posted on Jun, 14 2020 @ 07:29 PM
link   

originally posted by: Ahabstar
Why strike when you can retire or resign en masse...



As Romantic as that looks, most Officers love their jobs...



posted on Jun, 14 2020 @ 07:31 PM
link   
a reply to: Gryphon66

en.wikipedia.org... police have been a thing since BC times in various flavors through out antiquity

Duties The gangs of Titus Annius Milo, Publius Clodius and others which were used by rival politicians during the Republic had been eliminated mostly due to the efforts of Pompeius Magnus. Although political gangs were a thing of the past since effective power no longer resided in the competing factions of the Roman Senate and elected officials, some kind of police force was necessary to maintain public order and prevent civil disturbances. To fulfill this purpose Augustus established three urban cohorts (cohortes urbanae) under a newly appointed prefect of the city.[1] Their primary role was to police Rome and counteract roaming mobs and gangs that often haunted its streets during the Republic. The urban cohorts thus acted as a heavy duty police force, capable of riot control duties, while their contemporaries, the Vigiles, policed the streets and fought fires. As a trained paramilitary organization, the urban cohorts could, on rare occasions, go to battle if necessary. This role, however, was only called upon in dire situations. Unlike the Vigiles, who mostly operated at night as firefighters and watchmen, members of the urban cohorts were considered legionaries, though with higher pay than the regular legions—if not quite as much as the Praetorian Guards—and tended to receive slightly higher donatives though, again, not as much as the Praetorians.[2]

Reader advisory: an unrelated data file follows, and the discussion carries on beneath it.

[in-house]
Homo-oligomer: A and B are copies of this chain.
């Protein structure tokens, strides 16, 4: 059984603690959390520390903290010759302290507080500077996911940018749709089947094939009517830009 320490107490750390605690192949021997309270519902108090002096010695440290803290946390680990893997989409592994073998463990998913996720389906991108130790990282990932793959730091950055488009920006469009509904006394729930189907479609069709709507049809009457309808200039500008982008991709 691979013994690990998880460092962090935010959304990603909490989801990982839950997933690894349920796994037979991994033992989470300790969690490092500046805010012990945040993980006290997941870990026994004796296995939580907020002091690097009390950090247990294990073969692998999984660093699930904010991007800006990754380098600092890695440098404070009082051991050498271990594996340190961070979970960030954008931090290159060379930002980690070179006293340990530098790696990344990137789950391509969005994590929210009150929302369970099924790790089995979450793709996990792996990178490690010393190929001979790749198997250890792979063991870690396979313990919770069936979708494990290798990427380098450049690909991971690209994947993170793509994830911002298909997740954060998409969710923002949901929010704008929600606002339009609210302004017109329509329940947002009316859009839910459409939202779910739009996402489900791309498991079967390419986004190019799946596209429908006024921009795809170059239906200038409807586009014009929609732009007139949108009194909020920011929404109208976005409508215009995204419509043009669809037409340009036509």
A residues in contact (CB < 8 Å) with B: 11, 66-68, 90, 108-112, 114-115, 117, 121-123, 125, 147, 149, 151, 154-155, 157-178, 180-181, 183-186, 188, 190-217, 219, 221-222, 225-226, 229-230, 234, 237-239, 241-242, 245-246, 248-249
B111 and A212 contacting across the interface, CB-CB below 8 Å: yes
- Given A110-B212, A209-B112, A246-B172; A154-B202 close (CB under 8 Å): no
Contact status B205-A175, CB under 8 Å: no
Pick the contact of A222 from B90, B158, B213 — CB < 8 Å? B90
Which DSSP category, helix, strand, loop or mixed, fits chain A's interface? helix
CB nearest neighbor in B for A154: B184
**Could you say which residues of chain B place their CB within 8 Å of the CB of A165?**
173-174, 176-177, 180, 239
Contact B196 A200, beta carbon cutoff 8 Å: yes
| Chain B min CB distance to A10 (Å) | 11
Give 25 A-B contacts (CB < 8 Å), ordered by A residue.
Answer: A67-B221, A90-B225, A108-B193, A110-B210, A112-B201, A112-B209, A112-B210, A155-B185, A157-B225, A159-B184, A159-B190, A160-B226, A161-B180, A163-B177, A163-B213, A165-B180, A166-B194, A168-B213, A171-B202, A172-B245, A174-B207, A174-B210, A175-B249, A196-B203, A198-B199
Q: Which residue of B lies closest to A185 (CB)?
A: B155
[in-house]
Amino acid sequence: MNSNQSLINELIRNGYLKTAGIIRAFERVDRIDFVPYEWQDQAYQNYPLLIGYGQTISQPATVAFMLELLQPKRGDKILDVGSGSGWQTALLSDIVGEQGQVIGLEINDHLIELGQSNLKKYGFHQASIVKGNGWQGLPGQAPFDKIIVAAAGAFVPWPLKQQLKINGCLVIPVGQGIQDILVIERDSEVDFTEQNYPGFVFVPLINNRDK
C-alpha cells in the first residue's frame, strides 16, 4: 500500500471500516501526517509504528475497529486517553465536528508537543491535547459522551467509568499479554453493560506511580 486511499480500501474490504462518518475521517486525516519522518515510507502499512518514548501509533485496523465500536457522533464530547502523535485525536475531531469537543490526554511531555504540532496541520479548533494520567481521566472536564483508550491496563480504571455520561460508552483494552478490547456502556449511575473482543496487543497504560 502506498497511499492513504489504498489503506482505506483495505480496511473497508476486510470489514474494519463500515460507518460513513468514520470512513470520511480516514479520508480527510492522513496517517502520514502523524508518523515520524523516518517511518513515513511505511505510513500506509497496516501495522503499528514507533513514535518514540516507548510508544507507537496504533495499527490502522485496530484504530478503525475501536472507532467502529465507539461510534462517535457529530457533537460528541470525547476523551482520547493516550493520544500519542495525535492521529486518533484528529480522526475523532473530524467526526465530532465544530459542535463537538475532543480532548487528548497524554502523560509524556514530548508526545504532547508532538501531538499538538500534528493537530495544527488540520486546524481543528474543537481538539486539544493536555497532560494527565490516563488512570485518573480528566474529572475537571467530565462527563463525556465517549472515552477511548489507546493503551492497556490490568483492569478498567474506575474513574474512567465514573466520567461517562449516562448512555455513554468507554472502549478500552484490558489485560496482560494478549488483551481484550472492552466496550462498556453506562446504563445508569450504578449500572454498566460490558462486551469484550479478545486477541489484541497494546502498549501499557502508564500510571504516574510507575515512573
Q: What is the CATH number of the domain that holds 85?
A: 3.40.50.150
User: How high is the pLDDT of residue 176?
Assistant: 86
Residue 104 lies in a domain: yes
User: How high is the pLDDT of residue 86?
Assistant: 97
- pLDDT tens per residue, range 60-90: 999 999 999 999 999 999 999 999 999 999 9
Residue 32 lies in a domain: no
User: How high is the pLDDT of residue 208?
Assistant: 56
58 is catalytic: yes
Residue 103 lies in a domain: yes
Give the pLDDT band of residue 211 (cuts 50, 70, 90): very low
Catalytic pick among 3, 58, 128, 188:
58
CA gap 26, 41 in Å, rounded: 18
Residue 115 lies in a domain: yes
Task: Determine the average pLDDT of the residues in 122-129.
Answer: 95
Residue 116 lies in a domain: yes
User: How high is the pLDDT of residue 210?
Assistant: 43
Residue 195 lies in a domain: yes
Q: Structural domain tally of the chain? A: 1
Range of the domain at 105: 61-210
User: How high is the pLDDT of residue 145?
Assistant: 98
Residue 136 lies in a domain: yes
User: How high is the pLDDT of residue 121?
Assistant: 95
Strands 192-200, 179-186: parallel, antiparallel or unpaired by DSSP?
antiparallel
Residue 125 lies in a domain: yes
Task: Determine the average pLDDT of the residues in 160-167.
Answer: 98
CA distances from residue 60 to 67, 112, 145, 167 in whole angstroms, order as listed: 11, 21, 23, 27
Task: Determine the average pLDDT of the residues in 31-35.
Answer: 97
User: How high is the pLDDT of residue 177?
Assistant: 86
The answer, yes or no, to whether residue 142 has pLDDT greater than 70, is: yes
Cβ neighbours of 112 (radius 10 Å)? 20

so not quite a match for our modern police but close enough they operated from 753 bc-ad 476 of note the major italian cities had mostly italian "cops" and the far away places used mostly locals to police their own

en.wikipedia.org... china did it differently and if we did it this way now i bet people would be even more mad